Researchers recently reported finding two separate and serious vulnerabilities in the market-leading browser password manager LastPass. Although widely seen as a consumer product, the platform is also offered to businesses in the form of LastPass Enterprise.
The first was reported by Mathias Karlsson of Detectify Labs relates to the software’s autofill feature which he discovered could be fooled into thinking it was interacting with a site when it was in fact somewhere else. The flaw was reported and subsequently fixed a year ago which earned Karlsson a $1,000 bounty.
The second was discovered only this week by a Google researcher Tavis Ormandy, who described it as a “complete remote compromise” in a fairly detailed submission.
There is nothing unusual in any of this – security problems are found in a wide range of software these days - although as an online password database there was understandable anxiety that two could apparently materialise in a single week. In both cases, the company jumped on the issues and seems to have done its best to fix them quickly.
Complicating things slightly is the fact that after years of independent development, the potentially more serious of the latest LastPass flaws (that disclosed by Ormandy) emerged in version 4.x of the password manager released in the months after the firm was bought by LogMeIn in October 2015. That is almost certainly coincidence but plays into an anxiety that the takeover might have changed the firm's attention to development.
LastPass: who is affected and is there a patch?
The immediate question is how users update their LastPass plug-ins to reflect fixes that might have been released by the firm.
- The Karlsson flaw was fixed over a year ago in version 3.x and would not have been an issue for anyone using one of the various LastPass multi-factor options which are available to all Premium ($12 per annum) users. This issue is now closed.
- The Ormandy flaw affects only Mozilla Firefox running version 4.x, first released as a beta in January 2016, and fixed last week in v4.1.21a, an alpha release.
This brings us to an interesting aspect of LastPass – the plug-in itself is available in two separate versions, the original version 3.x and the more recent and overhauled version 4.x.
Single users who download LastPass from the LastPass website are served v4.1.20 as a universal Windows installer if they are running Mozilla, Chrome, Edge and Safari plug-ins. But Mozilla users who encounter it first in the Add-on Mozilla Store (AMO) are served version 3.3.1 by default with the option to download 4.x as a beta.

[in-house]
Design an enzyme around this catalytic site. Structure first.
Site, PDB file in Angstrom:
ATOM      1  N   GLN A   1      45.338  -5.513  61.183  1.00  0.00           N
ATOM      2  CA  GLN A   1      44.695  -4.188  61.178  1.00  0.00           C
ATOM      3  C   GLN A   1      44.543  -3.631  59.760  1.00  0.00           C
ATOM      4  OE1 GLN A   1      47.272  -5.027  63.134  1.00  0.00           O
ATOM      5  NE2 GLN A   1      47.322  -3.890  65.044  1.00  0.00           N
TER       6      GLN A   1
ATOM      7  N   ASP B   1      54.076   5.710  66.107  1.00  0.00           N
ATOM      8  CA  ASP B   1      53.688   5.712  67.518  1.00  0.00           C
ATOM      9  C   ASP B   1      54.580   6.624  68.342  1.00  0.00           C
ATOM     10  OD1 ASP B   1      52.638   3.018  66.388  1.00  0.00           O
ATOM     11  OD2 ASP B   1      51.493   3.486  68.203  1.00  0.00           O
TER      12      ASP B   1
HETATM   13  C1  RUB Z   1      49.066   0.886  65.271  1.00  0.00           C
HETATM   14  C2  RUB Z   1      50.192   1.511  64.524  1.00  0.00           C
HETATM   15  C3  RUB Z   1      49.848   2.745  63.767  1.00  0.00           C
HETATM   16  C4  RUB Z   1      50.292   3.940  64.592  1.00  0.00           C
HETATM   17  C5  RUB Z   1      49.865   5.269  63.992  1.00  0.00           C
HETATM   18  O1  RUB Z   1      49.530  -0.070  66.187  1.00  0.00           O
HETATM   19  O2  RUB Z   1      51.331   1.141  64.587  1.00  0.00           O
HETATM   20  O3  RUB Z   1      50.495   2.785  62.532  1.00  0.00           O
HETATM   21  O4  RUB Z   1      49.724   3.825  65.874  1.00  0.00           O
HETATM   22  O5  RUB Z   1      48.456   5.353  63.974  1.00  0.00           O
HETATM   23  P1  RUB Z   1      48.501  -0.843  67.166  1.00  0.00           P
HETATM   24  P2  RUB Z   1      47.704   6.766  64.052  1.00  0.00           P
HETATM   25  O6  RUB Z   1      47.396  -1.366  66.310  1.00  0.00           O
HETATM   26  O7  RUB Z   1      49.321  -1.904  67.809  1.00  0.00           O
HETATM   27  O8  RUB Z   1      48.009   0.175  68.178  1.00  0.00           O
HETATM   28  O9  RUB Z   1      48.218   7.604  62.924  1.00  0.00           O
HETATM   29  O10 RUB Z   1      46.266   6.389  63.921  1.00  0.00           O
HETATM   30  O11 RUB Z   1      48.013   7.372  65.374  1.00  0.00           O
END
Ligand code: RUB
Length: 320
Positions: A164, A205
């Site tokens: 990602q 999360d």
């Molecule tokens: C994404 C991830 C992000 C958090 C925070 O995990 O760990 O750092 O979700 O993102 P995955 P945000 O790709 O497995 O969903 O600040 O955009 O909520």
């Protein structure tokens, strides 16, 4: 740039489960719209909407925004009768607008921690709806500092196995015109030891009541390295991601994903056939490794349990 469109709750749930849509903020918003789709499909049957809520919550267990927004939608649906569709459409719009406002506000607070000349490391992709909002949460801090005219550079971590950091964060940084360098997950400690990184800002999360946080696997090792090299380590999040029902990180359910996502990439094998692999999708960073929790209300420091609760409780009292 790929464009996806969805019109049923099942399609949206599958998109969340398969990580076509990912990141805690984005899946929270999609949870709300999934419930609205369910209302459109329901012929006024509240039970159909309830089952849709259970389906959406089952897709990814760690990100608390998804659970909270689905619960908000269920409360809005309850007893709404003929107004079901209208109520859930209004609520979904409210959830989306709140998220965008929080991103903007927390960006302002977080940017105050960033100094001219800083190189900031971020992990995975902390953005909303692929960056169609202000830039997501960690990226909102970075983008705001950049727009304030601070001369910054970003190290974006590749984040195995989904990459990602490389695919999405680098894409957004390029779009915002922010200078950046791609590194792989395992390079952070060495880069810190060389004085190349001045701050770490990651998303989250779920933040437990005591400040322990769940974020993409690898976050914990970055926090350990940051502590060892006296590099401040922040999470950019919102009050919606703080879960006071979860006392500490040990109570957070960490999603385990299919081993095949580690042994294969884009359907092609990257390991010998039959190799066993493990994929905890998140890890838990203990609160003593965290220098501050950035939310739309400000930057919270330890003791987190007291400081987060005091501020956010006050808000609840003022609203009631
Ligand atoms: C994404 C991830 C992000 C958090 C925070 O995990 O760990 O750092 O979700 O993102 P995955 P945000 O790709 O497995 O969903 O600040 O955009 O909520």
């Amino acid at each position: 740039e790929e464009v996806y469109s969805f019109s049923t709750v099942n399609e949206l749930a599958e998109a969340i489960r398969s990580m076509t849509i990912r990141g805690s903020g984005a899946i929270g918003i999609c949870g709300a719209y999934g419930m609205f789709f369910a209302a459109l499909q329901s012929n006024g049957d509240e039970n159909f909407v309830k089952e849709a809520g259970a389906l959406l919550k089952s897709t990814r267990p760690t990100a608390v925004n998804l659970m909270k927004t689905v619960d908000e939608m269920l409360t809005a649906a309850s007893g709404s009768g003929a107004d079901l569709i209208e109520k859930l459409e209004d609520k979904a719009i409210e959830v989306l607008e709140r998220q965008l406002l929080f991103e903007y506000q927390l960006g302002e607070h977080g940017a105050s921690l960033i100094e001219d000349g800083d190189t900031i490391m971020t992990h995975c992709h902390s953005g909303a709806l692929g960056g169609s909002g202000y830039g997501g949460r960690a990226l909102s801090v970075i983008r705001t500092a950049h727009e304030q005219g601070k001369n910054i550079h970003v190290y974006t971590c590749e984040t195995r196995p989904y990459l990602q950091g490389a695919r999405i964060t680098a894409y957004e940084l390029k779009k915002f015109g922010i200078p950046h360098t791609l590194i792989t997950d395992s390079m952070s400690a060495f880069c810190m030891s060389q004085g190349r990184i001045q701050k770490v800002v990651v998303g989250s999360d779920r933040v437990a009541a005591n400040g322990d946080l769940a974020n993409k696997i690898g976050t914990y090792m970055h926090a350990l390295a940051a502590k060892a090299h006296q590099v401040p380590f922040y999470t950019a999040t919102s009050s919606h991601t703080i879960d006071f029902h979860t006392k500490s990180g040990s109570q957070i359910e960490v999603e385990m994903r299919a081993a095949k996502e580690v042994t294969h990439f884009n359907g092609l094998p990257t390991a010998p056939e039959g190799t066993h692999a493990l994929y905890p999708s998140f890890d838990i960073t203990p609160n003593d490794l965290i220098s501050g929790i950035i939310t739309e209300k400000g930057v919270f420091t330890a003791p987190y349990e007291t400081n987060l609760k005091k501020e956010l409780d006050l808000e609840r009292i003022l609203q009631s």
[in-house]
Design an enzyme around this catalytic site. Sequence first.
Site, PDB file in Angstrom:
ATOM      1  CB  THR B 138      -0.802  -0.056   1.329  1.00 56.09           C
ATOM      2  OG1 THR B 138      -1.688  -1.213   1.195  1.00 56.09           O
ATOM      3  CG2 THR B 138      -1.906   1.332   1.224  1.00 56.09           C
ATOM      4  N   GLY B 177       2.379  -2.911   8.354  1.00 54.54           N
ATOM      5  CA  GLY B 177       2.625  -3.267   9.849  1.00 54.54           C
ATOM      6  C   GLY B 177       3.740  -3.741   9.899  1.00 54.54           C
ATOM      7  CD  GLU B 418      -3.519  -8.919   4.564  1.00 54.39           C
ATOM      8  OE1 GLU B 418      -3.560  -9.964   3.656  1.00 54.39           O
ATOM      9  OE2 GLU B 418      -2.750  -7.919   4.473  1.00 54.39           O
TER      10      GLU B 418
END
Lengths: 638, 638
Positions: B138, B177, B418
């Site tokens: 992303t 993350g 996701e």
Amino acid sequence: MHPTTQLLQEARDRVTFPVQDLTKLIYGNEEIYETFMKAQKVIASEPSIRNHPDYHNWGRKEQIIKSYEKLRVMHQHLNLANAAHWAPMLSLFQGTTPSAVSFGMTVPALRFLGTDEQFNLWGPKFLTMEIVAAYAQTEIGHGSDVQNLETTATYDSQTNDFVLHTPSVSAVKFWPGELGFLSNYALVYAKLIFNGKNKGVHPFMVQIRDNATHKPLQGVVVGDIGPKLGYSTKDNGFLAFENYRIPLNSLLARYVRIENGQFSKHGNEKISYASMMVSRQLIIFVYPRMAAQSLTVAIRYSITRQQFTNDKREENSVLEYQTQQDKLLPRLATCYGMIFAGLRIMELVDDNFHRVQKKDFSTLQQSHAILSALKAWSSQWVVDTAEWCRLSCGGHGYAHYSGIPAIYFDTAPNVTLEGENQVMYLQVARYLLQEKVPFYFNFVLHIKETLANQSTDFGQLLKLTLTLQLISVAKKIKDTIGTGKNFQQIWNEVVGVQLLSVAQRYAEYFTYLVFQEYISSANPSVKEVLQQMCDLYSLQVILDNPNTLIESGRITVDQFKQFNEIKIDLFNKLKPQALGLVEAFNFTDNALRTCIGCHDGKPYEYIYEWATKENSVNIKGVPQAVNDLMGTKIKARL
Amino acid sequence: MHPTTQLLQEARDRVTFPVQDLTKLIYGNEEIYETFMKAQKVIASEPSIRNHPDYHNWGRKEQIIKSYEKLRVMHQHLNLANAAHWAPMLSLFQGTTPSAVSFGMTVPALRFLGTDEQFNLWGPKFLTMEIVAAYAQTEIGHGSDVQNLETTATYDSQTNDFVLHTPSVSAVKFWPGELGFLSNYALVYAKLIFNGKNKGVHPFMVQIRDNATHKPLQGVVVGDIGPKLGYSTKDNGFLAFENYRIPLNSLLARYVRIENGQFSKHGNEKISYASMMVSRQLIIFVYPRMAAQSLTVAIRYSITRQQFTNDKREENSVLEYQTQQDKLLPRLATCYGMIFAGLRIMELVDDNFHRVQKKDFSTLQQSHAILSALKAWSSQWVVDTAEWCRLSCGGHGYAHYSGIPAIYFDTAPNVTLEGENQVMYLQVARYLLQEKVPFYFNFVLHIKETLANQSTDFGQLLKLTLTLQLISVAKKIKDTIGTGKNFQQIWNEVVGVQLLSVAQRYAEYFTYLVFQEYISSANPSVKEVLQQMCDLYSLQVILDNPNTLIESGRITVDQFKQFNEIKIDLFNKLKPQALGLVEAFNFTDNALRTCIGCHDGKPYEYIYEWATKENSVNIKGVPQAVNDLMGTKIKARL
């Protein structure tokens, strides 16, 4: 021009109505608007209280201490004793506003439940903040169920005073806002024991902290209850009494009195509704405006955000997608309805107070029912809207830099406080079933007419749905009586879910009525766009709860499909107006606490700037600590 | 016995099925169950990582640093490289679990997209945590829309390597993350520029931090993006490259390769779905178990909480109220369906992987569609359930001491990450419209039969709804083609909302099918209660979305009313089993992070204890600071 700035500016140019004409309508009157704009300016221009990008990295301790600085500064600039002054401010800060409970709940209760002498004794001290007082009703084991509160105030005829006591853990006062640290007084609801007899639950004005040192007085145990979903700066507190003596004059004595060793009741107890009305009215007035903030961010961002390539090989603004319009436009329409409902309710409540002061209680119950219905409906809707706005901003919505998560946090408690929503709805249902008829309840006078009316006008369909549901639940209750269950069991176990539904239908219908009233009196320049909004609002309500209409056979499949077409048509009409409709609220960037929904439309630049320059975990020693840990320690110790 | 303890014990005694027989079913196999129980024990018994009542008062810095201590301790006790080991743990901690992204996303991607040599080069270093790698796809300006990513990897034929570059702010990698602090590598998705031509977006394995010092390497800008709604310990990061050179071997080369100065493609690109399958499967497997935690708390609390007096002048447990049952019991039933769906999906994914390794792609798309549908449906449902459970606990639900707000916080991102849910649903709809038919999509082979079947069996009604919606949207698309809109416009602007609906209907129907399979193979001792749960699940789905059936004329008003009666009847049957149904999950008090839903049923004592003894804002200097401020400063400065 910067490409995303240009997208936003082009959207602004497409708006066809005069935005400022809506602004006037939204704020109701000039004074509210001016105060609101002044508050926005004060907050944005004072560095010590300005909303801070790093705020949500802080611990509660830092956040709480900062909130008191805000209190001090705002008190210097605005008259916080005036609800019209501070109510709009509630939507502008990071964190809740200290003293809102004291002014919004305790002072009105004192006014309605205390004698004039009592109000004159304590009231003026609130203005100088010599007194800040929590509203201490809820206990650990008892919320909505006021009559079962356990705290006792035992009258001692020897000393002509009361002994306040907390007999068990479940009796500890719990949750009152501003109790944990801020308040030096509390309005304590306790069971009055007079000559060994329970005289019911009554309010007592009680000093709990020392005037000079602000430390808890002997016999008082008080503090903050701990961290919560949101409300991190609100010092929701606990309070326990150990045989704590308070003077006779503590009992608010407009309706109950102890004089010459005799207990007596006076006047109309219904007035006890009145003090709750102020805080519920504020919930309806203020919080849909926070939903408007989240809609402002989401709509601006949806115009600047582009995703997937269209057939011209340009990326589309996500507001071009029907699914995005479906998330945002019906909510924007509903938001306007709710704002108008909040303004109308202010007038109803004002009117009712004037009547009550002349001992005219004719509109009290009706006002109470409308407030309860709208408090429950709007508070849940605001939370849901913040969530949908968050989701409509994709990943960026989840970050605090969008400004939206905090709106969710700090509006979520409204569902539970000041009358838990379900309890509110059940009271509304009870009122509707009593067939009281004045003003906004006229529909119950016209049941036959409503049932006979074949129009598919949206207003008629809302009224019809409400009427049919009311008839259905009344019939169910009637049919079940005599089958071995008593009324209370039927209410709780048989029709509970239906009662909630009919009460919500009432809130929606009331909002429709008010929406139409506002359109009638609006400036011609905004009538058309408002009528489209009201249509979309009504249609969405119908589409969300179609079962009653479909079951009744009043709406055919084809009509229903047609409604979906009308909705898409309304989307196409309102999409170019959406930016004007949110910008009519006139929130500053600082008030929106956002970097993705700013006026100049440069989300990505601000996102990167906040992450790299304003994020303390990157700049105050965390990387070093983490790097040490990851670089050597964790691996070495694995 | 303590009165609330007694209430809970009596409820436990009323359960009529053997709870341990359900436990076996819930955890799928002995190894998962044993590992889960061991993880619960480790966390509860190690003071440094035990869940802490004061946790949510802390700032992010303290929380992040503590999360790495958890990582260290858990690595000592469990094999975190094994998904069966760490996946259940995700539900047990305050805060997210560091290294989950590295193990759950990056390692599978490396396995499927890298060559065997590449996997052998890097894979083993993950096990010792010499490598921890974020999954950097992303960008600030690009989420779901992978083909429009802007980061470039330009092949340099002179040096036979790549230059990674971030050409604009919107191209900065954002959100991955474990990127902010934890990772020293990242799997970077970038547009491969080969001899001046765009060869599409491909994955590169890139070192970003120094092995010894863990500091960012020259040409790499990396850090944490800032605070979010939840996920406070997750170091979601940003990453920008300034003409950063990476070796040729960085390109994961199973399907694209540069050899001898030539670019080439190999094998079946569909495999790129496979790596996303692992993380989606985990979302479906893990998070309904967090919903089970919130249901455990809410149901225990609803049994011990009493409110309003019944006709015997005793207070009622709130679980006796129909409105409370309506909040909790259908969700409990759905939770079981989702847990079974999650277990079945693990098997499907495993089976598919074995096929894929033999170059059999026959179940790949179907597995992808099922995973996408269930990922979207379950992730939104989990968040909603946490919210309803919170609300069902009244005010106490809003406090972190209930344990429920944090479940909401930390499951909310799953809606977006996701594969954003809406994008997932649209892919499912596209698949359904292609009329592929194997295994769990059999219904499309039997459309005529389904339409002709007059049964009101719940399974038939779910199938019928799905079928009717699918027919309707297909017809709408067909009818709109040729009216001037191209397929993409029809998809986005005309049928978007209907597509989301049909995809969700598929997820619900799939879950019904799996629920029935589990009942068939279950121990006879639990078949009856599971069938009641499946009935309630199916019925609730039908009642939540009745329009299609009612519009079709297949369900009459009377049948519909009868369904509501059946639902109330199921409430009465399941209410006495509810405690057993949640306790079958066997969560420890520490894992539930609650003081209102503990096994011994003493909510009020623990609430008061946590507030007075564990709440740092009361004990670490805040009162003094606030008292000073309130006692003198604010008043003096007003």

This division has to do with the way to AMO store treats stable releases v betas, with priority being given to stable releases even if they are months old but it means that LastPass sees v4.x as the best version to use while Mozilla, for now, recommends v3.x.
Conclusion – use online password databases with caution
The bottom line is that this type of product is now coming under greater scrutiny than it would have done in the recent past. Users need to configure it with great care and not simply assume that the basic security settings will suffice. LastPass, meanwhile, needs to take more seriously its committment to third-party security review in the way it promised to when Computerworld spoke to the company at the time of tis takeover by LogMeIn last October.
- Different browsers update plug-ins at slightly different speeds. Officially, FireFox runs a check every 24 hours, Chrome more often still. In theory, if a stable fix is available for a security hole, it should update quickly. But the only sure way to know is to check the plug-inversion number. Oddly, we encountered one Firefox install where the LastPass 4.x installation appeared to be two months out of date while reporting that no update was available. This is probably an issue with the browser itself but it underlines the need to check.
- It doesn’t appear to make any difference to security whether users run version 3.x or the more recent 4.x but differences in the way they work can result in distinct vulnerabilities.
- The need to use multi-factor authentication has never been more pressing, preferably implemented using a hardware token. This is not a magic shield but increases security markedly. This means paying for the Premium version but at $12 it is surely the only responsible way to use such a critical piece of software. We would not recommend using LastPass or any online password store without this security. The risk is not only high but could be worse than using no store at all.
- As far as we can tell all of the above will apply to LastPass Enterprise users who will, presumably, mostly be using version 3.0.